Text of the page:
Documentation Guidelines

  • Documentation must come from a licensed professional (unrelated to the individual being evaluated) and trained in the appropriate specialty area. There must be a good match between the credentials of the individual making the diagnosis, and the condition being reported (e.g., an orthopedic limitation might be documented by a physician, but not a licensed psychologist.) Documentation that presents any question as to authenticity will be followed up with a consultation to verify information (e.g., hand-written letters.) Documentation must be dated, on letterhead, and signed by the evaluator. Documentation on prescription pads will not be accepted.
  • Documentation must include a description of the diagnostic criteria or the diagnostic tests used. This description should include the specific results of the diagnostic procedures, diagnostic tests utilized and dates administered. When available both summary data and specific test scores should be reported. Diagnostic methods used should be congruent with current professional diagnostic practices within the field. Informal or non-standardized evaluations should be described in enough detail that a professional colleague could understand their role and significance in the diagnostic process.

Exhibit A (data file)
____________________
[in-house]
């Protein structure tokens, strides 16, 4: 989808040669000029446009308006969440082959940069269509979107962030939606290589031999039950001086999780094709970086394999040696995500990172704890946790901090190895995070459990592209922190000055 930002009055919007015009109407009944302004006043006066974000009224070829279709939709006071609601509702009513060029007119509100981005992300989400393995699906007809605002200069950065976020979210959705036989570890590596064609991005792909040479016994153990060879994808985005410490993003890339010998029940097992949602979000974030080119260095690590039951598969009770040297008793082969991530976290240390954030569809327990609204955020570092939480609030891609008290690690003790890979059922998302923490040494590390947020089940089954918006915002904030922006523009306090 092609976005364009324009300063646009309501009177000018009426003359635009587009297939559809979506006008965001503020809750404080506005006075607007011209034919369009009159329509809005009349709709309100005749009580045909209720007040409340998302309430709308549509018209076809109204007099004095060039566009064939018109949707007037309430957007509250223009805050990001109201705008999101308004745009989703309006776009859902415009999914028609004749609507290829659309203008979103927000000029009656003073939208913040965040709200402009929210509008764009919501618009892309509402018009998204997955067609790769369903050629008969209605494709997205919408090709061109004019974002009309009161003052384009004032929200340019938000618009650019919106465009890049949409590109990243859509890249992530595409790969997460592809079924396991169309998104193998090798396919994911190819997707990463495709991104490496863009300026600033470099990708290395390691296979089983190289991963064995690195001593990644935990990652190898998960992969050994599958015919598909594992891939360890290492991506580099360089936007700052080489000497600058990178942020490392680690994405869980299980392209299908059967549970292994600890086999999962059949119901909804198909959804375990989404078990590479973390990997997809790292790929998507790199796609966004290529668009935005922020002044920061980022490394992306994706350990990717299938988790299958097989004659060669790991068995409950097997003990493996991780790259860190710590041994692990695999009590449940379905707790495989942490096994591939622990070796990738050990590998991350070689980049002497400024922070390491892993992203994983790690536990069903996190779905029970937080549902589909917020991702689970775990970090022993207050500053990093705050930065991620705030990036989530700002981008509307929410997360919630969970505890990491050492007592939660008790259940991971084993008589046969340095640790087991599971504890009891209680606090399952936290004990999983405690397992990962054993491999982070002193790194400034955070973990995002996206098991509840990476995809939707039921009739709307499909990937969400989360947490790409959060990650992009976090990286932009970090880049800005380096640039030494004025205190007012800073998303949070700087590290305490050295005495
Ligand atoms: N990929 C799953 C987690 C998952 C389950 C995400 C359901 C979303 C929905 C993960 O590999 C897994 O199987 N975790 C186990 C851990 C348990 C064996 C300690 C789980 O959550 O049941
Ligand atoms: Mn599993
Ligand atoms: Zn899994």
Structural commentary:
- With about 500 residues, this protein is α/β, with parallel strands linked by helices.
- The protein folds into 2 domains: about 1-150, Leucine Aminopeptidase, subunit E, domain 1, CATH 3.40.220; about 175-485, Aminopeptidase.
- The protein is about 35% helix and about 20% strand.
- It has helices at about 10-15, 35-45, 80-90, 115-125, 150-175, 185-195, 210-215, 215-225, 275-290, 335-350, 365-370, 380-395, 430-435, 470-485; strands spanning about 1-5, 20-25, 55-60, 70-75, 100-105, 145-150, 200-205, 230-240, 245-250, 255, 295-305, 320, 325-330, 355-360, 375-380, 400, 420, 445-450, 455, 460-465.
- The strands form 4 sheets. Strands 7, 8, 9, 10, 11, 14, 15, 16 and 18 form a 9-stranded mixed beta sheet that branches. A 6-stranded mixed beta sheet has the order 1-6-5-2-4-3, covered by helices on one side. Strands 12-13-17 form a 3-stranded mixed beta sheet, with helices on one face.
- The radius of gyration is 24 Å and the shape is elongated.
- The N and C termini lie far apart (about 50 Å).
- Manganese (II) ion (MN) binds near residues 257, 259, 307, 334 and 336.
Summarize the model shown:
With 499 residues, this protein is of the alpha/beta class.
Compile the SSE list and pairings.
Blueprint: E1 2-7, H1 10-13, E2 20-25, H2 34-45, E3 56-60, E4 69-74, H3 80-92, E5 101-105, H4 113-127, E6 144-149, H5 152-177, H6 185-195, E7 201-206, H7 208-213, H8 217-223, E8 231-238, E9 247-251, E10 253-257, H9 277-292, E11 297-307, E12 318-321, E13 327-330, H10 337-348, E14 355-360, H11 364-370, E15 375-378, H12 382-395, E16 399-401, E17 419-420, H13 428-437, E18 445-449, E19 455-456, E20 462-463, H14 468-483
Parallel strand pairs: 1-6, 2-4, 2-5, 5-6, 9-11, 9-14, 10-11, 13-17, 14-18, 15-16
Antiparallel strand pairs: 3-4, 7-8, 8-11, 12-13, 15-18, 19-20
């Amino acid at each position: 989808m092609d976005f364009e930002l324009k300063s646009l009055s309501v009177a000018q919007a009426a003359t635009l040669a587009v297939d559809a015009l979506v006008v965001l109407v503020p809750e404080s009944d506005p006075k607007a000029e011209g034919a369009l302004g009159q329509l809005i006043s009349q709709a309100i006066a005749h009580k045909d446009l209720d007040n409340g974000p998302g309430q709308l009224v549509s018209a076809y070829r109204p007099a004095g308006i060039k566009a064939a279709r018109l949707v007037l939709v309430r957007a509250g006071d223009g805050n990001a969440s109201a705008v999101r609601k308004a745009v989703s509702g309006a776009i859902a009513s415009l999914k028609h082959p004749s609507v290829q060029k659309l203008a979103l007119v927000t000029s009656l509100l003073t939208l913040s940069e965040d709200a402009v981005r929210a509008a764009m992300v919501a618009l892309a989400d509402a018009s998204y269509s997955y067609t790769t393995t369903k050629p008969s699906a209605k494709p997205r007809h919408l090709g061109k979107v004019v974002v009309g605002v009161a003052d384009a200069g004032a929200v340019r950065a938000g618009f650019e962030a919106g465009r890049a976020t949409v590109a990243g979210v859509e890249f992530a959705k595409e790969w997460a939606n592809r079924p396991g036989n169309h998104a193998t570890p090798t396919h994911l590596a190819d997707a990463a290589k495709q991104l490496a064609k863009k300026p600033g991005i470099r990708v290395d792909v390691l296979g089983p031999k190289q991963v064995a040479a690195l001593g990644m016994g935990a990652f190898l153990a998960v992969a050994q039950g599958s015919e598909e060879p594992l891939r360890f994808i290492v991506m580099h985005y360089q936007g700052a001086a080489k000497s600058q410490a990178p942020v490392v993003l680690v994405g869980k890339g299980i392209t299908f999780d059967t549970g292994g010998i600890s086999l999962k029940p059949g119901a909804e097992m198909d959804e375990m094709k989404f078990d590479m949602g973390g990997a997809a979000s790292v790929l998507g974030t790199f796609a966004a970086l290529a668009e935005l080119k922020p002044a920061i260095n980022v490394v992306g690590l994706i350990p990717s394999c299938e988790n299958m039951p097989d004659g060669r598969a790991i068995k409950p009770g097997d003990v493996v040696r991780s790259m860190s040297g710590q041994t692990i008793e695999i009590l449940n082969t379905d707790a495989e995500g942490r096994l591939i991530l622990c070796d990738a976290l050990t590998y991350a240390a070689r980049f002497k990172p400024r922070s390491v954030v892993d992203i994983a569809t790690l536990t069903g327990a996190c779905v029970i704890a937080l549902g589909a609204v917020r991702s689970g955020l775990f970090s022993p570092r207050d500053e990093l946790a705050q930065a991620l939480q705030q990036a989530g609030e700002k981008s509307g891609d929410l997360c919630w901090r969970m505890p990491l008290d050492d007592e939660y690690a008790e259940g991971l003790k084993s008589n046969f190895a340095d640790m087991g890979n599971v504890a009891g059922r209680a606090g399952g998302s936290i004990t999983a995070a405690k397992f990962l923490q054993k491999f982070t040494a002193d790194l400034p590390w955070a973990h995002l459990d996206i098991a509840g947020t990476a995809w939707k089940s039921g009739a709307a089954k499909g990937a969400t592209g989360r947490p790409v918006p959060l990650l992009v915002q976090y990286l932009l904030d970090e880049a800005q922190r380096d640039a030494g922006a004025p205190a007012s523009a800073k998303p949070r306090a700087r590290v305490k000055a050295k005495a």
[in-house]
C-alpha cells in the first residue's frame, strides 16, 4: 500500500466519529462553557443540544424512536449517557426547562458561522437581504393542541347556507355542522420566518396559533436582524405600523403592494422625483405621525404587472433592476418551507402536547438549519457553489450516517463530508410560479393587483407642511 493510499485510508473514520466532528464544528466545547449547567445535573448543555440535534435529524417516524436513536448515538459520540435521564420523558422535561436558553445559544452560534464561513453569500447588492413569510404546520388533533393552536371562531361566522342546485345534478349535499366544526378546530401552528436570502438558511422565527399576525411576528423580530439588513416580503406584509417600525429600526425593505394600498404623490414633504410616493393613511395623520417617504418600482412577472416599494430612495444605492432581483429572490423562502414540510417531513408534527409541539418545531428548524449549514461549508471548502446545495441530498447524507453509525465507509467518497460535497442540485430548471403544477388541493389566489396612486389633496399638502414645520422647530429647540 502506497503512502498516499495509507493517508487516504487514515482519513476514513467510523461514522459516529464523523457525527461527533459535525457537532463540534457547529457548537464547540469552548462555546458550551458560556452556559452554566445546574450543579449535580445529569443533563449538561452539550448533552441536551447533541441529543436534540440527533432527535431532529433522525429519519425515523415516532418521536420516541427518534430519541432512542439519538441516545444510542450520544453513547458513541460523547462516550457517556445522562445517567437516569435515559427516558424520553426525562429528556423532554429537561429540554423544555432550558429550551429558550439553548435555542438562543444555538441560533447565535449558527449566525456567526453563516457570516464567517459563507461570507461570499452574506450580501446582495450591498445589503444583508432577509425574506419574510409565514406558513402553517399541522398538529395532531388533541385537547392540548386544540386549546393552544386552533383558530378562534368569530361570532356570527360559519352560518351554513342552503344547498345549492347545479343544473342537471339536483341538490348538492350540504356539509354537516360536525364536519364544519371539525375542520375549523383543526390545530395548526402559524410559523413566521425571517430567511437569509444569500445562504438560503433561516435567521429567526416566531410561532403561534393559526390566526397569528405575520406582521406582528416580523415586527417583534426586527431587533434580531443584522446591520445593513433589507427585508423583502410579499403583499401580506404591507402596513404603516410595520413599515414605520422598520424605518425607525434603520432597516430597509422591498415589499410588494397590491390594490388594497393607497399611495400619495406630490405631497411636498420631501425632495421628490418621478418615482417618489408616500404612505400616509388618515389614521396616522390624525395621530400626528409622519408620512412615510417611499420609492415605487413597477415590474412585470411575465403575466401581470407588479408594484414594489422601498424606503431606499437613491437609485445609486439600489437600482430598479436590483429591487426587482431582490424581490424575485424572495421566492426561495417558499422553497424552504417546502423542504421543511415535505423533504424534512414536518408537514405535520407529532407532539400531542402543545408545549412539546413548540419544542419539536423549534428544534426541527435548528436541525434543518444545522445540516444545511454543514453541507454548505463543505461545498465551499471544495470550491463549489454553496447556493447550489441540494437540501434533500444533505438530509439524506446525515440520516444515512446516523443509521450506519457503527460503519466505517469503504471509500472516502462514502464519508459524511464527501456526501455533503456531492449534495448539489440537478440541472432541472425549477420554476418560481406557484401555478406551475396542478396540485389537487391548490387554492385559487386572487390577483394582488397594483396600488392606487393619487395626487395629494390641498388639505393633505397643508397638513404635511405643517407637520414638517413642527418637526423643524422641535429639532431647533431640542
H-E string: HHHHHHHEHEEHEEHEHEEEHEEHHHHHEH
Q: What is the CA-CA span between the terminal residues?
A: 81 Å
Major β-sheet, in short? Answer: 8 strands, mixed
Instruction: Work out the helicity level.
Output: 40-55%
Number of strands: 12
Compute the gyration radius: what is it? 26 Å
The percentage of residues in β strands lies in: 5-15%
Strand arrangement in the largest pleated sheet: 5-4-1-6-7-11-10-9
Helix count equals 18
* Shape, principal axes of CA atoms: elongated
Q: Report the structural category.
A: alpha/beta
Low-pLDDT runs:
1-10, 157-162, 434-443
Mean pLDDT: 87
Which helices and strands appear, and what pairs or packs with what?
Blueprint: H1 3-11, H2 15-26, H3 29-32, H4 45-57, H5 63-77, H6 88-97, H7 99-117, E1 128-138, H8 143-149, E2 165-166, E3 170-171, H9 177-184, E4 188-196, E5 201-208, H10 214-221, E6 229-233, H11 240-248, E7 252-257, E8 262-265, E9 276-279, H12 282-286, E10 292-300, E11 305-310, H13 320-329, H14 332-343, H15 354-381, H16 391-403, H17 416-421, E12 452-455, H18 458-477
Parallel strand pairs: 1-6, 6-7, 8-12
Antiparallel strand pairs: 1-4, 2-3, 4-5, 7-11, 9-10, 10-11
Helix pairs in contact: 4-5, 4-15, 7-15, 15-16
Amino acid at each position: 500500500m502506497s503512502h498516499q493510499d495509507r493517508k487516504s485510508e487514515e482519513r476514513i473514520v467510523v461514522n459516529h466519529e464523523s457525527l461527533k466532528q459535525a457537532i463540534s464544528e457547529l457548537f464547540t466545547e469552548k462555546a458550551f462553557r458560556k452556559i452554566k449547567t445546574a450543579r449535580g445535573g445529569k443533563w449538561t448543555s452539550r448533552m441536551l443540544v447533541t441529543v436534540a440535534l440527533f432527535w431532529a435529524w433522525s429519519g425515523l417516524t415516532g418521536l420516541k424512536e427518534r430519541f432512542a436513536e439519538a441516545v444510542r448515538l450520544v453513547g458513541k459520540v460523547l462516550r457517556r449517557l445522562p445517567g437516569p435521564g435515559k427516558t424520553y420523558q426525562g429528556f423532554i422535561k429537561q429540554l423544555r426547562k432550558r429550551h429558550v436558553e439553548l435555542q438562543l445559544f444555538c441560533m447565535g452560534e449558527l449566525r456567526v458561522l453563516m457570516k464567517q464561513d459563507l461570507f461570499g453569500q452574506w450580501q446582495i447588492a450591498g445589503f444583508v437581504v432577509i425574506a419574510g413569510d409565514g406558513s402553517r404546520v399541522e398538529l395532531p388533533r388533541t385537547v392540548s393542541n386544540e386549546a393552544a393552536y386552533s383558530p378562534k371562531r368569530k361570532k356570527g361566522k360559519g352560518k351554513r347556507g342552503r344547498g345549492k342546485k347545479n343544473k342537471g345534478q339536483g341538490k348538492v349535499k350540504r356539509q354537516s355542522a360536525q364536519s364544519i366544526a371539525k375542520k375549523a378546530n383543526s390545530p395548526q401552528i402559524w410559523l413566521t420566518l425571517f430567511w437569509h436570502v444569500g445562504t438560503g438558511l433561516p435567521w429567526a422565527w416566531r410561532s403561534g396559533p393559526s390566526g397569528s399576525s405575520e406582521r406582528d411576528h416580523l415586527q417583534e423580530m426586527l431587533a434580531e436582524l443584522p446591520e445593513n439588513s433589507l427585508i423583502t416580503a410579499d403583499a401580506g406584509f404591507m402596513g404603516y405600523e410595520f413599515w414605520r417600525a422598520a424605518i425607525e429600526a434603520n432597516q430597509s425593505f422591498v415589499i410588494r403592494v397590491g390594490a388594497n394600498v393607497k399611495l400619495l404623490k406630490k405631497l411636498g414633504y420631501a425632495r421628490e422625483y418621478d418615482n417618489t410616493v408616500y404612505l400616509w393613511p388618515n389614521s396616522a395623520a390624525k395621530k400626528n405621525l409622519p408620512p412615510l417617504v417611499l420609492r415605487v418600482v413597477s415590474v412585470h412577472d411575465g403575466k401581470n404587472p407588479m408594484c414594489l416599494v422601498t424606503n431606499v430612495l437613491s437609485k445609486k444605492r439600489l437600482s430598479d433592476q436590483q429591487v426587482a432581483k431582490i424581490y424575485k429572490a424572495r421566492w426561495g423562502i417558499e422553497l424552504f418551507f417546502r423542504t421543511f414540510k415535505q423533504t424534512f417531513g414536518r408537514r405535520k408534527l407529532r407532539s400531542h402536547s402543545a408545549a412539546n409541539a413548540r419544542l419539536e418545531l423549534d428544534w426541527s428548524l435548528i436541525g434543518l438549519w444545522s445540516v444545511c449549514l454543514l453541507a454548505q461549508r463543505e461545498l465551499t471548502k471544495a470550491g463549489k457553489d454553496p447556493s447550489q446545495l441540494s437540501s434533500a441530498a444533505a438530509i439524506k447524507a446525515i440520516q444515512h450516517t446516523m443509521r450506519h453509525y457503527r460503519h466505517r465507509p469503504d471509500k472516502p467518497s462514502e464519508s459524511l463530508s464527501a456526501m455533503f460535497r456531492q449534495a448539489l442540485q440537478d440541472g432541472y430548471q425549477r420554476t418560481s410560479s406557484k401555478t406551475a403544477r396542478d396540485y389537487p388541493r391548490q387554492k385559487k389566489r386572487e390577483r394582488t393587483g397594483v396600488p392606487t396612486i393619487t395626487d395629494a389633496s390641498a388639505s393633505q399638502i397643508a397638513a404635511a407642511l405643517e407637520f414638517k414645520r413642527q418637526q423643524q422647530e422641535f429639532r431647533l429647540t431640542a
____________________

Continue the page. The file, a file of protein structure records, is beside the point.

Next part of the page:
• Documentation must include both a clear diagnostic statement and an explanation of the current manifestations or functional limitations of the condition, especially as they relate to academic performance.  Conditions diagnosed according to DSM standards should note the appropriate DSM code.  The statement of diagnosis and explanation of functional limitations should be thorough enough to demonstrate whether or not a major life activity is substantially limited.
  • The evaluator must include specific recommendations for reasonable academic accommodations and a detailed explanation of the rationale for each recommendation as it relates to the specific functional limitations.
  • Documentation must be current, usually less than 3 years old. However, discretion may be used in accepting documentation of conditions that are permanent or non-varying (e.g., a sensory disability). Likewise, some chronic and/or changing conditions will warrant more current documentation and/or more frequent updates in order to provide an accurate picture of functioning.
  • Documentation should include information regarding the impact of the disability condition on major life activities (i.e., walking, talking, learning, working, seeing, hearing) including the impact of medications, other treatments, and the concomitant side effects.